The Power of Context
Context is also important in reaching the Tipping Point. Malcolm Gladwell names two contextual factors, environmental aspects, and our social networks.
The first factor, environmental aspects, is based on the notion that our emotions and actions can be shaped by the space we live in. If a street is full of graffity and broken windows, the resulting atmosphere attracts crime like street robbery etc. However if it’s neat and clean, with flowers from every window that chance is much smaller. Likewise if next to a waste bin at a bus stop there is already one piece of litter on the ground, chances are people will add to that. If there’s nothing on the ground, people tend to throw their litter in the bin as well. Change these environmental factors and you can change behaviour. It is on this notion that the New York City Police based its zero tolerance policy.
The second factor is the number of people around us. We have a limited capacity in dealing with keeping track of the relationships between us and the individuals of the group we live in, and those between other individuals in our group. This channel capacity is seems to lie around the number of 150, with a much smaller group of about 12 to whom we feel the strongest ties. Go beyond the 150 and alienation between individuals will occur. Nomadic tribes seem to adhere to these numbers, as do military units.
For an idea to become epidemic you will have to keep this threshold of 150 in mind. It will not do to convince a whole stadium with 15.000 of something; the mass will go home not remembering you. But reach a 100 of those groups of 150 and you’re rocking. Now the book seems to imply that each of us functions in a context of about 150 people.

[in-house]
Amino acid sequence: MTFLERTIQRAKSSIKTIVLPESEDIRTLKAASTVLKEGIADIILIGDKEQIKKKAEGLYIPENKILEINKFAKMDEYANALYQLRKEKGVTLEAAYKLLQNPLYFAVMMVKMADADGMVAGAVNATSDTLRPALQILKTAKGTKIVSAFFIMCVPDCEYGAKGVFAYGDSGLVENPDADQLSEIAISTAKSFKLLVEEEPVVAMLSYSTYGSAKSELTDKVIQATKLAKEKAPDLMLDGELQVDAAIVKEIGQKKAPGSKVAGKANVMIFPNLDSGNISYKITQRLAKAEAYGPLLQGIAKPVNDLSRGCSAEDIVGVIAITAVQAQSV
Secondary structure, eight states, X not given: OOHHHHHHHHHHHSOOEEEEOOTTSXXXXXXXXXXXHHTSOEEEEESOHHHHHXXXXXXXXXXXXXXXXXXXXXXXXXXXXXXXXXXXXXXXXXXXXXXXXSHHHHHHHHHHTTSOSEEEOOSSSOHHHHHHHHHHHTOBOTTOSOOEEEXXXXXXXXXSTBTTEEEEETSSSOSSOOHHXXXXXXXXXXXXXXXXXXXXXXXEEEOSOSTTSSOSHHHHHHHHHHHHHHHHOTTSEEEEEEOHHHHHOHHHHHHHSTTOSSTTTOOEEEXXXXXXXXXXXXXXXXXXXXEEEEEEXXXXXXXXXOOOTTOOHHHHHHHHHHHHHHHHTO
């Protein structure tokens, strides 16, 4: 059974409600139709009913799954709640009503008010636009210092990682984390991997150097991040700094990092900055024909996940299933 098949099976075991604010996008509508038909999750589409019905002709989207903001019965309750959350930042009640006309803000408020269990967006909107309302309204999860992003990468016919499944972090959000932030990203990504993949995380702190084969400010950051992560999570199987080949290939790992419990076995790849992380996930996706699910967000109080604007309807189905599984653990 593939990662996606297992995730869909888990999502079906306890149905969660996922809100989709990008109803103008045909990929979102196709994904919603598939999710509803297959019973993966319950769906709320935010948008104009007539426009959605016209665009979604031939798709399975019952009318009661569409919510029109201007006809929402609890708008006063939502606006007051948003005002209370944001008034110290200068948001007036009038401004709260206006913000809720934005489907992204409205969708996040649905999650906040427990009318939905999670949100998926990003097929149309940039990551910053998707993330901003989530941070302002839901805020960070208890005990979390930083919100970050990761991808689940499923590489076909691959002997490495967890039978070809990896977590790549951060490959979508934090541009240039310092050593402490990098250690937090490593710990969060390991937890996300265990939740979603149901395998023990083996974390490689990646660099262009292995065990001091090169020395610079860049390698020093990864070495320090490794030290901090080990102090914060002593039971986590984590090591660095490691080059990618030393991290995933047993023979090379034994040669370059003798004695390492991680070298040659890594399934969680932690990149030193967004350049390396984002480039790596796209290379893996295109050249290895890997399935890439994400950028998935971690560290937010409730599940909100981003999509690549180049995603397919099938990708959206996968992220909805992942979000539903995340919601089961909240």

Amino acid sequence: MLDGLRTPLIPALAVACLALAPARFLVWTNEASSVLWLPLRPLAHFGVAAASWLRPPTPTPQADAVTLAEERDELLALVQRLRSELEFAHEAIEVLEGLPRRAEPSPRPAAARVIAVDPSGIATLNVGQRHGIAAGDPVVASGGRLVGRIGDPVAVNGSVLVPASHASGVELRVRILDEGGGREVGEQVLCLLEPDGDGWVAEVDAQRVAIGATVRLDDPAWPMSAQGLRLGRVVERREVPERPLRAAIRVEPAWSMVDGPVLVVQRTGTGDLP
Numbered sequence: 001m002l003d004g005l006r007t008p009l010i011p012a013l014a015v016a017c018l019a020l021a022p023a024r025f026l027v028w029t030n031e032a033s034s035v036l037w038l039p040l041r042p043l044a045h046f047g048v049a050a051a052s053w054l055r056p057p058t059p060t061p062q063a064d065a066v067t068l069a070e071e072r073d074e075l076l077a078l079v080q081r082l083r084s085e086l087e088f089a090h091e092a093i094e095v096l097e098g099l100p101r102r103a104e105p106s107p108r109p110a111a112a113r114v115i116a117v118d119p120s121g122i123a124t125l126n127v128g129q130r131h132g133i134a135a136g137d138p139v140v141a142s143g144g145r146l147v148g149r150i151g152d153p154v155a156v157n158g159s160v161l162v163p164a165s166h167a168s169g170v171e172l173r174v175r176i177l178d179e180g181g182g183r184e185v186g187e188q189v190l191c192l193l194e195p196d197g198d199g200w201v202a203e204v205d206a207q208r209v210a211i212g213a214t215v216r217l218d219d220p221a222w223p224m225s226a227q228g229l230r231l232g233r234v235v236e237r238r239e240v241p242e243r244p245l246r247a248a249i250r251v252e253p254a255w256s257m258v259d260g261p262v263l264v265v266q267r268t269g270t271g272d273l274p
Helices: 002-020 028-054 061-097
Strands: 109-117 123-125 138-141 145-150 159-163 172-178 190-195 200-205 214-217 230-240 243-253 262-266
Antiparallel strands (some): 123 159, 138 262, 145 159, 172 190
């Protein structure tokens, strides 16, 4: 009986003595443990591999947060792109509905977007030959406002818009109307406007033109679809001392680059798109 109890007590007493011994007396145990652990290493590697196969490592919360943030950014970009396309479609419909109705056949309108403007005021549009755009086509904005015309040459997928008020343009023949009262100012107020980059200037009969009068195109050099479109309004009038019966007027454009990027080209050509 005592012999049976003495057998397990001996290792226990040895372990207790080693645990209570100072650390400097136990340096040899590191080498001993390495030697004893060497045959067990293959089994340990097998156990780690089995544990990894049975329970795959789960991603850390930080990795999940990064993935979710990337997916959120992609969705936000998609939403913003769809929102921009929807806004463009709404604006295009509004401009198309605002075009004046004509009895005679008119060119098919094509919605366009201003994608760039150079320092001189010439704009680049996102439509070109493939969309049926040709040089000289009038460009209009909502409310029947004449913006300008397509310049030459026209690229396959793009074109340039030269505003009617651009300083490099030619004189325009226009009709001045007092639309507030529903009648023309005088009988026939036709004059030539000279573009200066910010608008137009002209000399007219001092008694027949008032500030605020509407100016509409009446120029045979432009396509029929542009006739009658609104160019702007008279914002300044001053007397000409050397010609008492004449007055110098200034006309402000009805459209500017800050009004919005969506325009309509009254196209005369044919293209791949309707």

That does not sound right to my ears, especially if I look at the examples given. For instance a company is mentioned that is organised in independent business units of 150 people. But each of those 150 employees will have a life outside of the company as well, so even if those workers indeed know 150 people, they won’t be all colleagues. Is Malcolm Gladwell implying we can only keep track of a group of 150 people at any one time, but can easily switch groups, because that is what seems to fit my own experience more? Or is it that I’m more the connector type that I think that threshold of around 150 people doesn’t hold up?
What seems to be unsettling to me in this book is that, even if it places human interaction, and especially face to face conversations, at the heart of epidemics of ideas, it also seems to provide a mechanistic, command and control like approach to stuffing you ideas through someone’s throat. Find the right people, find the right package and you’re in business. Or did I miss the part where he says that if the message stinks, or is some bogus marketing line, an epidemic will not happen even if you got the right people and message?
Nonetheless the book is intriguing, and well worth reading, because it promises the possibility of success, of reaching the tipping point without having access to vast resources. In the next post I’ll try and go into questions and consequences.